A woman is on life support after a plastic surgery procedure she attempted to have done overseas went tragically wrong.
Laura Avila traveled from Texas, US, to Juarez, Mexico, to have plastic surgery done on her nose, because the procedure is far cheaper than in her home country, according to a report from New Orleans NBC affiliate WDSU 6.
The woman had complications and suffered a heart attack after she was given anesthesia, so doctors refused to continue with the surgery, her sister Angie Avila said on a GoFundMe page she started to help fund her sister’s medical bills.
“She was then placed into a medically induced coma to prevent further damage to her brain that was caused by the complications she experienced during anesthesia,” Angie wrote.
Doctors recently started to slowly take Ms Avila out of the coma, but it’s “too soon to know the state she will be in from the damage she has sustained until she awakens.”
Ms Avila suffered brain swelling that caused brain damage, and is currently having seizures.
“She had been in an Intensive Care Unit in Mexico for six days before we were allowed to get her back to the US,” Angie reported.
“In the event that she wakes up, it is likely she will need to begin physical therapy and rehabilitation for an unforeseen period of time.”
The family is hoping to raise more than $200,000 to help pay for Laura’s medical bills.
Elective surgery overseas ‘a bad idea’
A recent study published in the journal Plastic and Reconstructive Surgery identified 78 patients over seven years who had medical complications from travelling overseas for elective surgery and needed follow-up care in the US.
The Centers for Disease Control acknowledges on its website that medical tourism is fairly common, but points out that there are risks.
In order to do it safely, they recommend making sure your current medical conditions are well controlled before undergoing surgery, checking the qualifications of the person who will be performing the surgery as well as the facility where it will take place, taking copies of your medical records with you and bringing back copies of your medical records.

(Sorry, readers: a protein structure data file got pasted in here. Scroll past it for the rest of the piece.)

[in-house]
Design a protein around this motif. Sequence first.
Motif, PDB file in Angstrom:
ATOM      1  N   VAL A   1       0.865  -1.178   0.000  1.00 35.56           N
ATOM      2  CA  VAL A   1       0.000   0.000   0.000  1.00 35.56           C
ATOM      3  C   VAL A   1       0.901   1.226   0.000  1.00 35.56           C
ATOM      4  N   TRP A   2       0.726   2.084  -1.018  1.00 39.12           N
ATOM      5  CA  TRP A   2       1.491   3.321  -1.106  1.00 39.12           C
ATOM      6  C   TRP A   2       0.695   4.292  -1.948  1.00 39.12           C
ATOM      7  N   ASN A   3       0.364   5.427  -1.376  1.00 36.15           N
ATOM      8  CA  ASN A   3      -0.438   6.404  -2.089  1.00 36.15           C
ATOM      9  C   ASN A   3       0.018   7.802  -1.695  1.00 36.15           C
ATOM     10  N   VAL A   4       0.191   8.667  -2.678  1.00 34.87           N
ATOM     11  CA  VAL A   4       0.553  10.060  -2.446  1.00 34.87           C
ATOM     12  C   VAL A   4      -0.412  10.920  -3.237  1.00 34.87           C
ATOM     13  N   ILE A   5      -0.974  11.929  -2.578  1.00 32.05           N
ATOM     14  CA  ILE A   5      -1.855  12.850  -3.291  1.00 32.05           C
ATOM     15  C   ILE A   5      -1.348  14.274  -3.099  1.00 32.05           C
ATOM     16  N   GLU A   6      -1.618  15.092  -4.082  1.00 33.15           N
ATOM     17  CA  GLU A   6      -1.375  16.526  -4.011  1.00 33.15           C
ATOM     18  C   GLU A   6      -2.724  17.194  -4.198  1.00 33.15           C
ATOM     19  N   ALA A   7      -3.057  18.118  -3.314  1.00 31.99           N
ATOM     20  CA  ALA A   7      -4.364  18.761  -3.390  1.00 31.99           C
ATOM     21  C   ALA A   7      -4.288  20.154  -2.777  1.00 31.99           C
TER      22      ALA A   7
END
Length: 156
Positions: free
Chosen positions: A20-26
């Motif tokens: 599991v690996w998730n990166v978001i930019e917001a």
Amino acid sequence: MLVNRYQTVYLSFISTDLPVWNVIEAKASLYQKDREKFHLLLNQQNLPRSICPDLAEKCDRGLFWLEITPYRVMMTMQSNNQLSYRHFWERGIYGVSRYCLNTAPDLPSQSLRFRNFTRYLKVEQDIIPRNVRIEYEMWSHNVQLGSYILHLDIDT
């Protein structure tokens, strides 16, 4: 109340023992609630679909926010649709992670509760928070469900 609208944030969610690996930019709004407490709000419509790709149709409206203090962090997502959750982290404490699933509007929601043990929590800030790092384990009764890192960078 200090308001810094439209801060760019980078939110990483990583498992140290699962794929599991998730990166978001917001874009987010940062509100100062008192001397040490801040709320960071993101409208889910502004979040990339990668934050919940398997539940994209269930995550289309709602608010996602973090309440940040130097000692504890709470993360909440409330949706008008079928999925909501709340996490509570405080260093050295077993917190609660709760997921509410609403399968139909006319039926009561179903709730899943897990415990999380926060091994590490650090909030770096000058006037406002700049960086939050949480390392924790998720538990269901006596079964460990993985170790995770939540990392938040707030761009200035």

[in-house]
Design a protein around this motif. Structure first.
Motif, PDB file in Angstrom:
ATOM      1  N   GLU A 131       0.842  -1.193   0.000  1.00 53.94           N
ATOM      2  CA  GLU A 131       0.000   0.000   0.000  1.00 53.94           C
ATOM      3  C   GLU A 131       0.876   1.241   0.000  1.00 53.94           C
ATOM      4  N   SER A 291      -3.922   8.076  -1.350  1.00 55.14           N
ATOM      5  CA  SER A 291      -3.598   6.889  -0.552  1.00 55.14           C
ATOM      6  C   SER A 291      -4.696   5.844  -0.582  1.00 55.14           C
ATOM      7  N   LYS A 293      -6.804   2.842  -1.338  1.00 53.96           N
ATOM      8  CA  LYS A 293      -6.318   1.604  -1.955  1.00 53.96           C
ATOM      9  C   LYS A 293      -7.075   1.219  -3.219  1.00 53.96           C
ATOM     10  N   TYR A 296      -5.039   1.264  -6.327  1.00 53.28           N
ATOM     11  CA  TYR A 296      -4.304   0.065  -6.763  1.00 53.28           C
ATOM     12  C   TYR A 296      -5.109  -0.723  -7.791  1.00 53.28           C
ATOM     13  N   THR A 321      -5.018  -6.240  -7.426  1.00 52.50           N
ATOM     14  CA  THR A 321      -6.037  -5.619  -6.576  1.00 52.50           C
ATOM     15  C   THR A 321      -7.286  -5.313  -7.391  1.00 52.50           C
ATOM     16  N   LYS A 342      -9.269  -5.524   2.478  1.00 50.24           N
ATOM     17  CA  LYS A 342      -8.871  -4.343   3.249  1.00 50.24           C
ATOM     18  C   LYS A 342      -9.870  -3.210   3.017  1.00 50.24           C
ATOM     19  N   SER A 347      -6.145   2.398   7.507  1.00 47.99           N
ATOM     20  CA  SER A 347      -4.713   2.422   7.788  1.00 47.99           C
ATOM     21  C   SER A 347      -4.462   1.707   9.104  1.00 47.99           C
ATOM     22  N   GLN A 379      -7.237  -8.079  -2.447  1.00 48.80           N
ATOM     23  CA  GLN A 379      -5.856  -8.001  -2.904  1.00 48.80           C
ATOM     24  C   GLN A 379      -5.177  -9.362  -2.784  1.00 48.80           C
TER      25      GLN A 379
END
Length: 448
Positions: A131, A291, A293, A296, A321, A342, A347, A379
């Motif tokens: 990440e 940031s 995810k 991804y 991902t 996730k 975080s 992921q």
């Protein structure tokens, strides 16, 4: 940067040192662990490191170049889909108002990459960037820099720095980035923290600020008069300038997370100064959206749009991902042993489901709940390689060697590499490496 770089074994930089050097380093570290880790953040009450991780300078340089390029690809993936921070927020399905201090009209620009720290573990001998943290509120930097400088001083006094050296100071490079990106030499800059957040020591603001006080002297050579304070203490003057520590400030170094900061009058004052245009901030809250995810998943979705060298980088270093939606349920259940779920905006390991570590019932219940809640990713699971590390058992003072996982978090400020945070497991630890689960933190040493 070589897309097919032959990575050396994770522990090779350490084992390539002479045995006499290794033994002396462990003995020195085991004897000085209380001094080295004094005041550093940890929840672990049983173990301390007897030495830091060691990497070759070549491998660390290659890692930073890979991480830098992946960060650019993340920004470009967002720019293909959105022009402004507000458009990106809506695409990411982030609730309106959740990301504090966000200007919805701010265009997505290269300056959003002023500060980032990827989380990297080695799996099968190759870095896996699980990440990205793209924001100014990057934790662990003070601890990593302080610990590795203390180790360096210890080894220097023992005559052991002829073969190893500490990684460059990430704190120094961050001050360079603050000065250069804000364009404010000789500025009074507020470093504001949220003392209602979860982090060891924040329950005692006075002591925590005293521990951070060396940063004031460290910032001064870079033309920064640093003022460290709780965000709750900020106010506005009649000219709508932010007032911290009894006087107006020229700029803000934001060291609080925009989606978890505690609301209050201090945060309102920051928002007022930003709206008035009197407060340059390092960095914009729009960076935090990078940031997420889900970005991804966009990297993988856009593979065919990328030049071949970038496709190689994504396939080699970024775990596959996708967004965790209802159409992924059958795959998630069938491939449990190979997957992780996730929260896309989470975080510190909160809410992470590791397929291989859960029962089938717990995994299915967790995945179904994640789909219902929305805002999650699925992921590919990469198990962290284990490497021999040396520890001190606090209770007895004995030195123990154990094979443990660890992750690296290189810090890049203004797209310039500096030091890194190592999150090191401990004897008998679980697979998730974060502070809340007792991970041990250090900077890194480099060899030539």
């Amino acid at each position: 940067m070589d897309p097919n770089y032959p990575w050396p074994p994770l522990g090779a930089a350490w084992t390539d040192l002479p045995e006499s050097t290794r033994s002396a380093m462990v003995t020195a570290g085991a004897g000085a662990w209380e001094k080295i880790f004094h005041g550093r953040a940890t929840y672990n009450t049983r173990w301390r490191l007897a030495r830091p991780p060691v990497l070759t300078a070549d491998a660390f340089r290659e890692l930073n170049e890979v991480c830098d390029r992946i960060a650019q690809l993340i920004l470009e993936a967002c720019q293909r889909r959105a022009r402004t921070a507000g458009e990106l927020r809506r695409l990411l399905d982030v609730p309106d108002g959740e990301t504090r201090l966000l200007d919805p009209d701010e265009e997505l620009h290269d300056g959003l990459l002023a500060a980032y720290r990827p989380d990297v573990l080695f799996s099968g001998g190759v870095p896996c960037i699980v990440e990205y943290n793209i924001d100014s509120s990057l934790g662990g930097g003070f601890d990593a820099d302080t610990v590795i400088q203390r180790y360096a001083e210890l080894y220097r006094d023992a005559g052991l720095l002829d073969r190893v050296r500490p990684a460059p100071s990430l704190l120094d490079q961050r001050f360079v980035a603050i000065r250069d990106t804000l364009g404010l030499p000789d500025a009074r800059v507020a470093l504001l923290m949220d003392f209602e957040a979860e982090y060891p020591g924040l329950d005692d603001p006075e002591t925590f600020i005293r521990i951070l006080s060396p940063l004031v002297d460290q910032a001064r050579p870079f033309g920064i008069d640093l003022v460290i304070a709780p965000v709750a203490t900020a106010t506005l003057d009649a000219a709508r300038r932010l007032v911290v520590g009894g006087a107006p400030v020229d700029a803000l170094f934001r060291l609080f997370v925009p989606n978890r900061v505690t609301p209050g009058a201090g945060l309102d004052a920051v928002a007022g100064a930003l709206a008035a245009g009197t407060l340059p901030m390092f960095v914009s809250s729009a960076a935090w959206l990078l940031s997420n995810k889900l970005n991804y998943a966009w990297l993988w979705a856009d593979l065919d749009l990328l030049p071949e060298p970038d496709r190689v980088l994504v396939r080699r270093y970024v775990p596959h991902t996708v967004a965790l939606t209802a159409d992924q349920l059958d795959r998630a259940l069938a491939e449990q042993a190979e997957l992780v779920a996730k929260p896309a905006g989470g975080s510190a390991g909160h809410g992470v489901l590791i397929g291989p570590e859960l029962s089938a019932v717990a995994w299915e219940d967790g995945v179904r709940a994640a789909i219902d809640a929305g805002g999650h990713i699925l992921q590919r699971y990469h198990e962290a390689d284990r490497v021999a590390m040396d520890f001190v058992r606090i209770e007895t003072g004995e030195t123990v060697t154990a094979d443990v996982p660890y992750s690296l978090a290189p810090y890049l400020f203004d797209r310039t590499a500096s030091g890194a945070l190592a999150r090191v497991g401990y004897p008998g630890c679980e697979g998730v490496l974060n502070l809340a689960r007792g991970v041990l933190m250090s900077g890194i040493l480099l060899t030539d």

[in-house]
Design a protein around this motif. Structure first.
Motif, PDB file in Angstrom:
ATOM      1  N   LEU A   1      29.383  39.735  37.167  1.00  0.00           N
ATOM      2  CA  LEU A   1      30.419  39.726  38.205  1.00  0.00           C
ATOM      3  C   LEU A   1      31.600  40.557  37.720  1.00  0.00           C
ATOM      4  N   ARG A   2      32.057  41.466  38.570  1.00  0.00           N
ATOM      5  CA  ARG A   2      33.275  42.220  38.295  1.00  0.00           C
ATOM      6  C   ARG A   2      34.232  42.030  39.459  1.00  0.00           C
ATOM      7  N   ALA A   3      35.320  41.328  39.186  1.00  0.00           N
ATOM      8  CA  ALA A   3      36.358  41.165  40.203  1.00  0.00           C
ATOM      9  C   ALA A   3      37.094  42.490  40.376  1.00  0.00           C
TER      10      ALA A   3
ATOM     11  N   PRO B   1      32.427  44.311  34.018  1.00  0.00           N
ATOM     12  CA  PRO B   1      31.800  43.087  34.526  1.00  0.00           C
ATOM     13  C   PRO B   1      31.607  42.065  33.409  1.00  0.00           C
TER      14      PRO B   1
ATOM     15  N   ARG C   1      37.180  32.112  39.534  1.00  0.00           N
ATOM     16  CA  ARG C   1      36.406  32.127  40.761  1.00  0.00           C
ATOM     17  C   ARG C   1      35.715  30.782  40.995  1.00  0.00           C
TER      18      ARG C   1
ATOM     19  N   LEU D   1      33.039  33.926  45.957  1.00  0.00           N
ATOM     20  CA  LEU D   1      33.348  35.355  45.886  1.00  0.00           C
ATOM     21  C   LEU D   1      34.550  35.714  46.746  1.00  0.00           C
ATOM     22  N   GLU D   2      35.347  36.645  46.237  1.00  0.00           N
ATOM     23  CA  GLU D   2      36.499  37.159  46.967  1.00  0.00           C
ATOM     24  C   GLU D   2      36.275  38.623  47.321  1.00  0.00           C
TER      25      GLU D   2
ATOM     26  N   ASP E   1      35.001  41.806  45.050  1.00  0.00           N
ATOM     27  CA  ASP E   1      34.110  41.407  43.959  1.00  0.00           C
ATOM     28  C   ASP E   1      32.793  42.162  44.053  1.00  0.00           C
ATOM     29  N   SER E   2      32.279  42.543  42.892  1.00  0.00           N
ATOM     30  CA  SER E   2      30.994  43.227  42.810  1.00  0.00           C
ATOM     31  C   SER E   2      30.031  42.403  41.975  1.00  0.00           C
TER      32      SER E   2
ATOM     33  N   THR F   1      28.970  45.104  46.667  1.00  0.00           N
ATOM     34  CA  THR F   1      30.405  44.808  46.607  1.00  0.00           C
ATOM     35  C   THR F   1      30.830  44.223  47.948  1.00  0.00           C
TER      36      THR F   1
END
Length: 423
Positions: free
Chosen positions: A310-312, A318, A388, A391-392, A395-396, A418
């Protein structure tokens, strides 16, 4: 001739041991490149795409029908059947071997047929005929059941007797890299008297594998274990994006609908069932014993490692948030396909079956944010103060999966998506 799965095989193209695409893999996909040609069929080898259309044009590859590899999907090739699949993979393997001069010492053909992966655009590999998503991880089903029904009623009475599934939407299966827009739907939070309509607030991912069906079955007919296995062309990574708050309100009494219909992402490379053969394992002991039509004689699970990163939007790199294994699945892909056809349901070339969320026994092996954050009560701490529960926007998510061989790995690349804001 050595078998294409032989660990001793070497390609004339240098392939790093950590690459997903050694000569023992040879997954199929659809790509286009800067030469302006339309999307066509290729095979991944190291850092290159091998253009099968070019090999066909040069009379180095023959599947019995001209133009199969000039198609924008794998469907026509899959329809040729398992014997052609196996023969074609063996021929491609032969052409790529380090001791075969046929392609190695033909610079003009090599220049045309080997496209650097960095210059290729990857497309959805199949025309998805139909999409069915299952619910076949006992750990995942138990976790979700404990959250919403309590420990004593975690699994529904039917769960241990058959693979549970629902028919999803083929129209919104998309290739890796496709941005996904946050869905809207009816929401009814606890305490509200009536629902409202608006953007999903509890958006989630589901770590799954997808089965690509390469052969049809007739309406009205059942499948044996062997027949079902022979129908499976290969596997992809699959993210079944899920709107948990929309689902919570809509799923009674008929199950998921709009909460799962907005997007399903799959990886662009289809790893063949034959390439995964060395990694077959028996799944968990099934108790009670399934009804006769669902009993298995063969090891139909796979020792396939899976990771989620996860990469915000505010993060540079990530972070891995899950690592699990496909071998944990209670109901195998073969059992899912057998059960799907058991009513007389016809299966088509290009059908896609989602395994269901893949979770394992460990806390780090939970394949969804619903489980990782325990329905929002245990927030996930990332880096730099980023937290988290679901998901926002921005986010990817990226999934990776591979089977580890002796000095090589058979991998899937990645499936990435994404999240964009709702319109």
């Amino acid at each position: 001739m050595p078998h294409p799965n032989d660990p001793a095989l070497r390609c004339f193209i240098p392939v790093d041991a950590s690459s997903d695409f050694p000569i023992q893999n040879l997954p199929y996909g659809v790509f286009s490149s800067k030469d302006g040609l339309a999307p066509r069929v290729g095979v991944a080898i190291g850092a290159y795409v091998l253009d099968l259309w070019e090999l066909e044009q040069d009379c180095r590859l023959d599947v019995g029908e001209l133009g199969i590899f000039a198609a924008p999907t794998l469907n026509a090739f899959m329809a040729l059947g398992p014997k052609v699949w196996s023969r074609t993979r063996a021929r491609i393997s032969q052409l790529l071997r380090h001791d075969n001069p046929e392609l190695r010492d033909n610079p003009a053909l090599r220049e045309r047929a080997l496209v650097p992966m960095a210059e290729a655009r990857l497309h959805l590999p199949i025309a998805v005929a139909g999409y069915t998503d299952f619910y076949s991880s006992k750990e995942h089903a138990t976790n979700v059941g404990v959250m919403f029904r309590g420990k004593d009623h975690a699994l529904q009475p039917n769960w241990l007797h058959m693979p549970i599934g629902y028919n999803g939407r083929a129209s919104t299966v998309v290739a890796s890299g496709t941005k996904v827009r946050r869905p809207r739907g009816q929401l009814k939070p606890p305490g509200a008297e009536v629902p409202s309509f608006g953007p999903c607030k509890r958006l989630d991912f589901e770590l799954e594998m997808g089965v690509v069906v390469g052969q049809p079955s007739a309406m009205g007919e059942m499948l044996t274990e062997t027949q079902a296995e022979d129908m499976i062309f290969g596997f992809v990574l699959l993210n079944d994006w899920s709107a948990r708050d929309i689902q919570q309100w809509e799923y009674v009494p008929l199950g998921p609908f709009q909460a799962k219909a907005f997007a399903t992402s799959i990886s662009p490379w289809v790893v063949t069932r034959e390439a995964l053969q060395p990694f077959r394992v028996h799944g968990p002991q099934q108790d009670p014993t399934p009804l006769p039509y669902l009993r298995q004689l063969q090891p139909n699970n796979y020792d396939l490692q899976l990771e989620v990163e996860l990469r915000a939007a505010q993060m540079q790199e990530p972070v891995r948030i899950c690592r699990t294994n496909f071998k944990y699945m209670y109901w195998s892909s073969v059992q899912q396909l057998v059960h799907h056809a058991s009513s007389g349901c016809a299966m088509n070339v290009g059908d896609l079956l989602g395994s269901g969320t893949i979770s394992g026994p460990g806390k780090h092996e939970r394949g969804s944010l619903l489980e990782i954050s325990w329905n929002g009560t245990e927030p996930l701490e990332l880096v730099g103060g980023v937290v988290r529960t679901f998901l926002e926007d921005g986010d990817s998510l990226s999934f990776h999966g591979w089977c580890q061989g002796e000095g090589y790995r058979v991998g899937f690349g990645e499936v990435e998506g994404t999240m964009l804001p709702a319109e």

“If you have a good result after travelling abroad for surgery, then it’s not a bad idea,” Craig Vander Kolk, MD, director of cosmetic medicine and surgery at Mercy Medical Center in Baltimore, told Yahoo Lifestyle.
“The problem is that you risk having a bad complication. We never recommend it.”
Dr Vander Kolk acknowledges that plastic surgery in an accredited centre with an accredited doctor in the US can be costly, but he says it’s worth it.
Advice for choosing surgeons abroad
When it comes to finding a good surgeon, Dr Vander Kolk recommends relying on word of mouth, along with making sure you’re using a board-certified plastic surgeon. Also, listen to your gut and shop around.
“I tell people to see as many doctors as you feel comfortable with,” he said.
“If a surgeon isn’t going to answer all your questions and you don’t have a good feeling, don’t do it.”
As for getting surgery abroad, just know you’re rolling the dice.
“I’ve seen some good results, but it’s risky. We always think it’s a bad idea,” Dr Vander Kolk said.